So the research is telling us that the teacher as leader needs to be in control of the class and showing the way with a challenging, carefully structured pace, not letting students fall behind as they try to figure it out for themselves.

“We need to provide them with a reliable compass to navigate the storms”

Hattie’s synthesis shows that quality feedback is the single greatest creator of improvement. The teacher needs to sit down with the student and explain exactly what needs to be done in order to improve. It seems obvious but how often is the teacher so hard pressed to get through a pile of marking or finish a syllabus that this vital coaching technique falls by the way-side? If we want our students to improve then we have to make sure they have understood and internalised how this can be done.

Our students are entering a turbulent, chaotic era in a competitive globalised world and we need to provide them with a reliable compass to navigate the storms. As teachers, let’s use the benefits of research to make sure that we have empowered them to do so by teaching for learning and not being afraid to lead the way. After all, the Greek word Pedagogy means “to lead the child”.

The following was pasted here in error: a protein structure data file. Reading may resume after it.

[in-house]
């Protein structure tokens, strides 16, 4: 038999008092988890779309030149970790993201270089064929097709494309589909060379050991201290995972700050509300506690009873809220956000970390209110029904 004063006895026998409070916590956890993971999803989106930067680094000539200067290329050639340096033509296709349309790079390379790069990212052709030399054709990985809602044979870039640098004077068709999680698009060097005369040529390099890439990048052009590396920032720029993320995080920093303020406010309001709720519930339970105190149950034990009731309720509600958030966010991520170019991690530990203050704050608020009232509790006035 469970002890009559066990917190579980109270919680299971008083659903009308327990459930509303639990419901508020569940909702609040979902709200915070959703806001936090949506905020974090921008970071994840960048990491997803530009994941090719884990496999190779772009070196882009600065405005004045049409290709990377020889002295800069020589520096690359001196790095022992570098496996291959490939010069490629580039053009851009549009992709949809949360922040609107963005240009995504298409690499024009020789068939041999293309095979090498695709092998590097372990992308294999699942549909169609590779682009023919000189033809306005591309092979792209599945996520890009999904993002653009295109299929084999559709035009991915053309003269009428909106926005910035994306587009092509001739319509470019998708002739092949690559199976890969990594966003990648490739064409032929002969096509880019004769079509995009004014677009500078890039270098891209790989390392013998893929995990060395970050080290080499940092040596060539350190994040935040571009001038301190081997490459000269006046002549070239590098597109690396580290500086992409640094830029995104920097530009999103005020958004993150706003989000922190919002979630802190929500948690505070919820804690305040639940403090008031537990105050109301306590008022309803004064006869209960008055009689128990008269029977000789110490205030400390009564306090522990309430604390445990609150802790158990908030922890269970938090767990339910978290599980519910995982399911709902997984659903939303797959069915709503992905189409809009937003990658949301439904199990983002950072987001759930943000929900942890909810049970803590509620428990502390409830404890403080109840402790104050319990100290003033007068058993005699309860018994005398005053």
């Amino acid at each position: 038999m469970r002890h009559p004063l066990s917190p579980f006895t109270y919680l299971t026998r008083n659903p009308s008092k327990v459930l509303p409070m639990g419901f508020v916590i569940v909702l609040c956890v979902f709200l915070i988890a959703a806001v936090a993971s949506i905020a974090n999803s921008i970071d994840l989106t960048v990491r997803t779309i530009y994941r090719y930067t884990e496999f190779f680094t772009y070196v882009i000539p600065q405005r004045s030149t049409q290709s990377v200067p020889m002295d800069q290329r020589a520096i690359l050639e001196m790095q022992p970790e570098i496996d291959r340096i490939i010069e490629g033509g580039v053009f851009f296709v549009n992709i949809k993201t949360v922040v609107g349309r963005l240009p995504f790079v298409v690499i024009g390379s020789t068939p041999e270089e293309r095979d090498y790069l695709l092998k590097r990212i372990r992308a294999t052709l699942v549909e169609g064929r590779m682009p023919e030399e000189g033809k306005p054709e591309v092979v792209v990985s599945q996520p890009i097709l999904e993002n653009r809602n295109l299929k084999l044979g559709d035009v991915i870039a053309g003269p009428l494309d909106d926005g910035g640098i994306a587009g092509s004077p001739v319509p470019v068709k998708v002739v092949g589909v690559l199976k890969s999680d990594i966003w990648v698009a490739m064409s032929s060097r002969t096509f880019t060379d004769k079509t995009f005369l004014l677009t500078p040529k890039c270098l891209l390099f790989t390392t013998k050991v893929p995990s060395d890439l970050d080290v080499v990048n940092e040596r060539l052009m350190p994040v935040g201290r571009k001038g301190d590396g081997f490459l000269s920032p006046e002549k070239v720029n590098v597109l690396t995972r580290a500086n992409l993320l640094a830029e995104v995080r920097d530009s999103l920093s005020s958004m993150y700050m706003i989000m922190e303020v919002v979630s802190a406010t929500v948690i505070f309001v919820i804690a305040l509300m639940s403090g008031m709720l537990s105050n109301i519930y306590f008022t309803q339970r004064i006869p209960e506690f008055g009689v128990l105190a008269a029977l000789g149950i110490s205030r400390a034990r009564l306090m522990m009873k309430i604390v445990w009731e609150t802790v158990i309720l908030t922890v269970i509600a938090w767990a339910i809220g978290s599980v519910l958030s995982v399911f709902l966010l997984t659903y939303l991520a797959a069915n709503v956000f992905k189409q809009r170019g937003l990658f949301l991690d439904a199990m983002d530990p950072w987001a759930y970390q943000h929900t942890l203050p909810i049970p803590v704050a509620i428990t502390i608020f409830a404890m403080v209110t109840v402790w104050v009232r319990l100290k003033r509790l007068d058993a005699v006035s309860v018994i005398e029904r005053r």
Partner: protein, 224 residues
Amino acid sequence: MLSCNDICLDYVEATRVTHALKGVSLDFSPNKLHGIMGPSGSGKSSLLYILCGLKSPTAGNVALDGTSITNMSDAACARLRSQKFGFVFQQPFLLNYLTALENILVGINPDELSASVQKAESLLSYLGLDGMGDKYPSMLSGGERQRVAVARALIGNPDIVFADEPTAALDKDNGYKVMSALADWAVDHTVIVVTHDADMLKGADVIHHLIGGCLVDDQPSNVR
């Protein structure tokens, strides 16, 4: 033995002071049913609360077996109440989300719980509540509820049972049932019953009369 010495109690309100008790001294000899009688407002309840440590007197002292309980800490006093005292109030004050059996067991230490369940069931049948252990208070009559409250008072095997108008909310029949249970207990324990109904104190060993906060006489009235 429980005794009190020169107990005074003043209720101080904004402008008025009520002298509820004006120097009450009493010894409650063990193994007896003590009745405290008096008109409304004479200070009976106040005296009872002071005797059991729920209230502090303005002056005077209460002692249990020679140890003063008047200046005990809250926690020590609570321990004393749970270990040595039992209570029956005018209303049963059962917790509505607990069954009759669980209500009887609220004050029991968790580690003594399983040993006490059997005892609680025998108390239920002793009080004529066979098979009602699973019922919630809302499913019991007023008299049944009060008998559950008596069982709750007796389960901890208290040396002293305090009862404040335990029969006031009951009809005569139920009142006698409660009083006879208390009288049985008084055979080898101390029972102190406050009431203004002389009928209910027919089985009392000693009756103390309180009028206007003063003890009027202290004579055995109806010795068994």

Dr Conrad Hughes is Director of Education at the International School of Geneva and recently delivered a speech on the ‘Teacher as a leader’ at the annual Cambridge Teachers Conference, run by Cambridge International Examinations.

Works Cited
Hattie, J. (2009). Visible Learning: A Synthesis of Over 800 Meta-Analyses Relating to Achievement. Oxford: Routledge.